Effects of an exotic invasive plant and microtopography on terrestrial salamander populations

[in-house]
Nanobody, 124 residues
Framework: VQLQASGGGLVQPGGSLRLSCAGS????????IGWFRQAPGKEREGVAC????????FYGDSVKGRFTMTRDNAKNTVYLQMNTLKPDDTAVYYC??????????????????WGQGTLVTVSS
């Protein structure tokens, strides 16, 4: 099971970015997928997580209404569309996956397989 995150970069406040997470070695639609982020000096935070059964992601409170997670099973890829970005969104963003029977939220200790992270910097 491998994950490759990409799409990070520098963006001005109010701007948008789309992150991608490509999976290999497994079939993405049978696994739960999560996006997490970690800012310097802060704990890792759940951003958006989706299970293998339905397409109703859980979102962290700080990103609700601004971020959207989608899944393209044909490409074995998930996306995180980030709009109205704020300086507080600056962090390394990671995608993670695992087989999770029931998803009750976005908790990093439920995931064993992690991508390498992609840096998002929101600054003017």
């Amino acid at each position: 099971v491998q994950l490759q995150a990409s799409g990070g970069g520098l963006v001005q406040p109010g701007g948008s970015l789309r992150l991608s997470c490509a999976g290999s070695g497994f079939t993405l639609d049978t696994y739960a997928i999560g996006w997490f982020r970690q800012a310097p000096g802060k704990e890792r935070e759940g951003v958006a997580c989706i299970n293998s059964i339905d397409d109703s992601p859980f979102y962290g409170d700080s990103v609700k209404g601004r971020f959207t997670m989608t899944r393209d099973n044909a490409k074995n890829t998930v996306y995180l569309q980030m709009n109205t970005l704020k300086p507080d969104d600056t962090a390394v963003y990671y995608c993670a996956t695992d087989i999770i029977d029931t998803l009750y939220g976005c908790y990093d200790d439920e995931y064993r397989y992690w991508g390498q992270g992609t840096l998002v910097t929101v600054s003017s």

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AbstractPlant invasions can have strong, negative effects on some amphibians and represent a substantial challenge to conserving native biodiversity. However, invasive plant species do not always impose an immediate threat to amphibian populations and in some cases may facilitate increased abundance and provide additional habitat. The objective of my study was to determine how habitats invaded with pale swallowwort (Vincetoxicum rossicum) affected Plethodon cinereus and P. glutinosus salamander populations, their forest floor microclimate, and prey availability, and to determine if these parameters differed across a microtopographic gradient. I focused on these two plethodontid species because they were the most abundant within my study area at Oatka Creek County Park in Wheatland, New York during 2019 and 2020, and their many important roles within forested ecosystems have been widely studied. Plethodon glutinosus relative abundance peaked early during late summer 2019, while P. cinereus peaked during early fall. In 2020 P. cinereus relative abundance peaked in early April and late August, while P. glutinosus peaked in late summer. Peaks in the surface activity of both species corresponded to their documented life history patterns. P. cinereus relative abundance was significantly higher in uninvaded habitat during 2019 but did not differ between habitat types in 2020. There was no difference in P. glutinosus abundance between habitat types in either year. Plethodon cinereus relative abundance was highest in uphill topography types during both years, but P. glutinosus differed only during 2019. Generalized linear models predicting relative abundance showed positive relationships with the presence of the other Plethodon species, leaf litter depth, relative humidity, soil moisture, swallowwort cover, and arthropod abundance. There was also a negative relationship with temperature. Topography was an important factor in predicting relative salamander abundance, with more of an effect on P. cinereus relative to P. glutinosus, which may result from differences in microhabitat preference and morphology. Patterns in relative salamander abundance and distribution, as well as variation in abiotic parameters may be related to indirect effects of plant cover and microtopography. Ultimately, my findings suggest that swallowwort invasion does not directly and negatively impact P. cinereus and P. glutinosus and instead, may provide favorable microclimate and habitat features during periods of extreme weather, especially as dry spells and elevated temperatures become increasingly prevalent.